Sunday, December 27, 2009

Spinach Salad with Walnuts and Apples

This is a great side to any meal, or can be a great lunch all by itself. A lot of times I will just go through the fridge and cupboards and see what I can throw together. Every once in a while I come up with something worth writing down, this is one of those.


1 handful of walnuts
Olive oil
Red wine vinegar
Sea salt and pepper
1 sliced golden delicious apple (or whatever you want, I just prefer the softer texture)
1 clove of garlic(minced)
1/2 of a cucumber (chopped)
2 handfuls of cherry tomatoes (chopped)
1 small handful of dried cranberries
2 handfuls of spinach
1 small handful of Italian parsley (chopped)
5 leaves of basil (sliced in thin strips)
Feta Cheese


Put the oil in a pan and heat on medium. Throw a little sea salt and the garlic into the pan and let it cook for a minute or two. Add the walnuts and let them fry until they get a little browned on each side. Even if they get a little bit black on tips, it will still taste great. Throw in the apples with a splash of red wine vinegar. Let it all cook together for about 5 minutes. When you feel like it is done, throw it all in a salad bowl with the rest of the ingredients and toss with olive oil and red wine vinegar. Add salt and pepper to taste.

You can add anything else you have around, like strawberries, pomegranates, dried fruit, nuts, herbs, whatever you like, this was just the combination I came up with, but the red wine vinegar is essential.

Tuesday, December 22, 2009

Chicken Piccata

I leaned to cook Chicken Piccata out of necessity. My wife, Milana, would order the chicken piccata everytime we went out to get Italian food. When we first got married, I was still in art school (studying film) and Milana was working in the HR department at Kaiser. It is safe to say that we were just scraping by in the cash department at that point, so going out to a restaurant was out of the question. I started learning to make the dish myself with a recipe from the Food Network's Giada De Laurentiis. Her recipe is very basic and a great starting point for further experimentation. Over the next few years I made slight adjustments to the recipe and tweaked it until we got a consistent, quick and tasty recipe that I could whip up in short order whenever Milana's craving for her special dish set in.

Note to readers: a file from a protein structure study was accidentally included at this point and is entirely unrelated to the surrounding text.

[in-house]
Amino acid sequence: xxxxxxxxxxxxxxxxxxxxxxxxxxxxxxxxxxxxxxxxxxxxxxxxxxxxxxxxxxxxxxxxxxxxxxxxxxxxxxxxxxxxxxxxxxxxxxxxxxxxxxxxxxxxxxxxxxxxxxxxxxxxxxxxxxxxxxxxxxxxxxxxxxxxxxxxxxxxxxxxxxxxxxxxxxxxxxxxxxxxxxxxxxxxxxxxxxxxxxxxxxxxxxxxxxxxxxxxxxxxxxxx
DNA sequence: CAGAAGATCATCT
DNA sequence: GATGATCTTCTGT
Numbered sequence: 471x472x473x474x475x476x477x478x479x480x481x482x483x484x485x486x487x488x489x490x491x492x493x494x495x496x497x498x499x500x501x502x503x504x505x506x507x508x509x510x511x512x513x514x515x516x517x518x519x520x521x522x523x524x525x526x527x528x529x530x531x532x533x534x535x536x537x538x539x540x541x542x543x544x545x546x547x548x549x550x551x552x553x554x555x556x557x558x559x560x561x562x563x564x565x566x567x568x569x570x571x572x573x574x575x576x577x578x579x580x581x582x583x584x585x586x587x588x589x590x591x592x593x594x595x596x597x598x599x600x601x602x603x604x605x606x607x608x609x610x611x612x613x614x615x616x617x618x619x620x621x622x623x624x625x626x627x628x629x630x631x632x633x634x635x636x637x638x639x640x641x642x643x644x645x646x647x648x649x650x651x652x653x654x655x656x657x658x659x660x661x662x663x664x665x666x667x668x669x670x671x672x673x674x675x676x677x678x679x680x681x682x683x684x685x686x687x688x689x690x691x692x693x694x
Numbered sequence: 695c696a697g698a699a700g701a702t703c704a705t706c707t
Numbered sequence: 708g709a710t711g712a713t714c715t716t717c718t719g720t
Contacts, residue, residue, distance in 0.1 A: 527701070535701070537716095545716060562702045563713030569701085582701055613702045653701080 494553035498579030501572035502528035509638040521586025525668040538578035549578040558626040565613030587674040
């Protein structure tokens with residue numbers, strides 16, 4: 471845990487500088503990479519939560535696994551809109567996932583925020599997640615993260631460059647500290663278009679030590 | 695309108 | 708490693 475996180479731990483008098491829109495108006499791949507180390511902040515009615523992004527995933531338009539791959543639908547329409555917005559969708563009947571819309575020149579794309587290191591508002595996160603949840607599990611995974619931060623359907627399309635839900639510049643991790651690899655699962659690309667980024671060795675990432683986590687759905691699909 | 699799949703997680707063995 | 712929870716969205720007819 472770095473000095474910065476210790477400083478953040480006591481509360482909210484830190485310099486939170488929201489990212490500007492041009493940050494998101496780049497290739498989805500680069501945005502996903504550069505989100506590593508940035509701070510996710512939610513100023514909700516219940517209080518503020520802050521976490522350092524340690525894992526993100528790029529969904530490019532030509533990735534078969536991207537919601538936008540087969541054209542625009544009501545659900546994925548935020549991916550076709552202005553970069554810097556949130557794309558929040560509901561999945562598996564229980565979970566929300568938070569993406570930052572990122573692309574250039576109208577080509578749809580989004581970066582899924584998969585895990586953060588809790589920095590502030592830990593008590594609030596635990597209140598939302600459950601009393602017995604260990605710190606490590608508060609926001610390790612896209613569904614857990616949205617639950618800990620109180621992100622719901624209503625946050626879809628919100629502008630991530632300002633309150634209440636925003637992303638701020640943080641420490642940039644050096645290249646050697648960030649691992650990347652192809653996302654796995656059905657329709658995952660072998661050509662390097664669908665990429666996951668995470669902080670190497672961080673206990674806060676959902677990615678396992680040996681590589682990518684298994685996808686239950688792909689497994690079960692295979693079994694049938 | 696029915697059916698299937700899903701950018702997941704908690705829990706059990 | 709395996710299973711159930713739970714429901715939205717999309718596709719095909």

• 4 chicken breast fillets
  • Sea Salt and black pepper 
  • 1-2 cups of flour
  • 1 cube (8 tbsp) of butter
  • 1/4 cup of olive oil 
  • 1 small shallot (optional)
  • splash of dry white wine (optional)
  • 1 cup of chicken stock
  • 1-2 fresh lemons
  • 1/4 cup of capers (if they are in brine then rinse them off first, if they are in salt, add any other salt sparingly and use try using unsalted butter instead)

If your going to use a shallot (which I like to do sometimes), saute them first in a little olive oil until they are soft and translucent. Add the white wine and continue cooking until the little bit of wine is almost gone. Take the shallots from the pan and set them aside. Rub the chicken with some salt and pepper and then coat them in flour. Put 1/2 cube of butter and the olive oil into a heavy bottomed pan (I always use my dutch oven) and set the heat to medium high. When the pan starts to crackle, throw in the chicken and brown on both sides (a few minutes a side). If your pan isn't big enough just do it in two batches.

Note: I like when the chicken gets crispy brown on the outside, even if you think it looks a little too well done, its probably just right. So cook them fast and hot, you need some of the brown crisp to stick to the pan so you can scrape it up later into the sauce.

Take the chicken out and set them aside. I always sprinkle a little sea salt on them at this stage, and maybe a squeeze of lemon, straight onto the browned chicken too. 

Add the chicken stock, capers, fresh squeezed lemon juice into the pan and bring to a boil. Scrape the pan so all the browned chicken that stuck to the pan gets mixed in with the sauce and re-introduce the shallot.

Put the chicken back into the pan and rotate them around in the sauce a little. There should be enough sauce that you can mostly cover the chicken with it. Cook the chicken in the sauce for another 4-5 minutes on each side and remove the chicken again from the pan. The chicken will get dry if you overcook them, so you have to watch them close. If you using thin breast fillets then reduce the time a little for the second stage.

Take the sauce off of the heat and add the rest of the butter. If you want the sauce a little thicker, throw in a Tbsp or 2 of the flour and beat it with a wire whisk. Pour the sauce on the chicken and enjoy.

This recipe can be altered a million different ways. Some days I start out by sauteing a shallot in before the chicken. Some days I add a little white wine to the sauce, garnish with parsley or even add a little sliced basil if I have some laying around. Experiment with less stock and more lemon depending on your tastes.